What Air India tells us about state run and monopoly companies

A nice little story here about Air India. It illustrates the dangers of having either state run or monopolistic companies.
Some of the airline’s staggering losses are rooted in exceptionally generous staff benefits. Investigators discovered pilots insisted in staying in five star hotels in New York, Chicago and Mumbai during stop-overs instead of spending the night at cheaper airport hotels.

Significant losses in revenues are due to serving and retired pilots and crew taking business class seats ahead of paying customers. The practice was restricted in 2009 when its chief executive appealed to staff to co-operate and stressed there was no shame in traveling economy.

Despite the restrictions on staff using business class tickets, paying passengers were rejected to make way for Air India staff who were upgraded from economy seats. At one point, Air India’s business class ticket holders were shunted onto rival airlines — at Air India’s cost — because their own staff had occupied the seats.

The temptation for any group of insiders is to make use of that insiderdom to gain privileges. This is as true of CEOs as it is of airline pilots, as true of politicians as it is of scribblers for think tanks. It's simply human nature: when we talk about bureaucrats we call it public choice economics and when we talk about everyone else we call it the blindingly obvious.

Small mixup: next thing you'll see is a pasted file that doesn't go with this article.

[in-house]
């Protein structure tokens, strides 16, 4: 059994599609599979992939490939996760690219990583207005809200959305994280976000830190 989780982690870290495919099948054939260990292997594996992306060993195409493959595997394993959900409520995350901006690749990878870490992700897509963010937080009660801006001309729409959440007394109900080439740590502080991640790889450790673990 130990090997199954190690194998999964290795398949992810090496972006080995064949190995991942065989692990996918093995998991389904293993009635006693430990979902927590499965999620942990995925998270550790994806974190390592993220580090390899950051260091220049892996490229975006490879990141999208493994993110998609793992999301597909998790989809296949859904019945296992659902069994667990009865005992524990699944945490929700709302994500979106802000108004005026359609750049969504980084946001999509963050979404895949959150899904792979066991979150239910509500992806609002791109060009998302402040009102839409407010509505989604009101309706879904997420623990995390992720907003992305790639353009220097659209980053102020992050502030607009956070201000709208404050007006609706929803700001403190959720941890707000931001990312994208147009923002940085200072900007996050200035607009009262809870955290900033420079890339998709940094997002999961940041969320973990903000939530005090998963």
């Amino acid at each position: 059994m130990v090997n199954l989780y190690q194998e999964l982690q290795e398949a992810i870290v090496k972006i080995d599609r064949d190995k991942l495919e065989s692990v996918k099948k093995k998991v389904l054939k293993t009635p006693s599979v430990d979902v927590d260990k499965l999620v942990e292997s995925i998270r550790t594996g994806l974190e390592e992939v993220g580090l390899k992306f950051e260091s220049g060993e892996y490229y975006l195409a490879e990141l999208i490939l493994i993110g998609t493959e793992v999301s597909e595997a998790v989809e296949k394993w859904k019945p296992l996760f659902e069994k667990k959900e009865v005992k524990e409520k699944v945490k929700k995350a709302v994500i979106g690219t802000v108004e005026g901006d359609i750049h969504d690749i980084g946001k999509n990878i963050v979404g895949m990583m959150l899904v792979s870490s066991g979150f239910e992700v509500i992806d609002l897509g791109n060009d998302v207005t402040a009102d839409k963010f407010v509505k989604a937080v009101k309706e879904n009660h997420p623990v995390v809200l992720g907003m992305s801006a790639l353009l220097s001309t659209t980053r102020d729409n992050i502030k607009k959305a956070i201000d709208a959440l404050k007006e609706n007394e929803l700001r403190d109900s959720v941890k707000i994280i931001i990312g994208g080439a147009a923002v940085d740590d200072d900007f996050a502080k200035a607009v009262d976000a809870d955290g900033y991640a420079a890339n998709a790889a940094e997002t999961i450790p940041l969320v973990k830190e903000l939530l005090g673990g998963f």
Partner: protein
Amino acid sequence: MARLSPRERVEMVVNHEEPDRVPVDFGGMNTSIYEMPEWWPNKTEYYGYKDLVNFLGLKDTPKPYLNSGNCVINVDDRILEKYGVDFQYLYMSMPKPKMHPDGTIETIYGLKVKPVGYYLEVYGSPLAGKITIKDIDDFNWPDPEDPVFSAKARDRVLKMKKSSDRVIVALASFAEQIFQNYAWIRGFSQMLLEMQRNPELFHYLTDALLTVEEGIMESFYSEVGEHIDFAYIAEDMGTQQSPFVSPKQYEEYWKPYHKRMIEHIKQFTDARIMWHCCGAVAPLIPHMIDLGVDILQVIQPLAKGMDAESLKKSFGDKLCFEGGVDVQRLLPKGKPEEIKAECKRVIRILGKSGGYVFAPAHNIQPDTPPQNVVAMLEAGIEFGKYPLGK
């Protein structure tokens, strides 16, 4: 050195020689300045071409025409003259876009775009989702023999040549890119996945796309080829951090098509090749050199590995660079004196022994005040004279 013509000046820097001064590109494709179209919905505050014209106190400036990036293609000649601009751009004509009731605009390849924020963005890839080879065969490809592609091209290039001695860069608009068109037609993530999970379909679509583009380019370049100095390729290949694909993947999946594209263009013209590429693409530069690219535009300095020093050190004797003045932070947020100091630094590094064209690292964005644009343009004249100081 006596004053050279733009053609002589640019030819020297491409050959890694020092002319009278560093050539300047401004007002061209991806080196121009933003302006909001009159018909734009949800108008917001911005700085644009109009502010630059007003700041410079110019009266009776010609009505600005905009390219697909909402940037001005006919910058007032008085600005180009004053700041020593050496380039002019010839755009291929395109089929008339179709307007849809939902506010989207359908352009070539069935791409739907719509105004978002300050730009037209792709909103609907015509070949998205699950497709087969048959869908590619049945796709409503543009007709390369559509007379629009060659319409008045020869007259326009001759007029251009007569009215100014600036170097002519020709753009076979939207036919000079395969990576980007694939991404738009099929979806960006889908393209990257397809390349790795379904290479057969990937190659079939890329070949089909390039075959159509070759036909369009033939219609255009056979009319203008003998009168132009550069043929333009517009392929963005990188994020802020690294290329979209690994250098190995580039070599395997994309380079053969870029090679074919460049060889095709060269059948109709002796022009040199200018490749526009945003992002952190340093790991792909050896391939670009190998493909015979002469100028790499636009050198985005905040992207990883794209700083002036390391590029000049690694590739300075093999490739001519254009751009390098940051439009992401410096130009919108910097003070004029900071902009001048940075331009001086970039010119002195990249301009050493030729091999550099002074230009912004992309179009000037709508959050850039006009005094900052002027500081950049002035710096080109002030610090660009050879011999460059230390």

The only cure we've got for this is competition: everyone needs to be put in fear of their livelihood about the success of the organisation. To consider that a business class airfare not paid by a customer makes that job more insecure: that the claim of a gargantuan pay deal for inhabiting the corner office makes losing that job more likely. And this really only can be done when the players in the marketplace are indeed playing in a market. One where such behaviour really does bring down a company and thus impose discipline on all others.

Which does pose problems with the politicians. For we've tried having competing governments in the Wars of the Roses and didn't like the result much. Perhaps we'll just have to revert to terminal violence in this difficult case?


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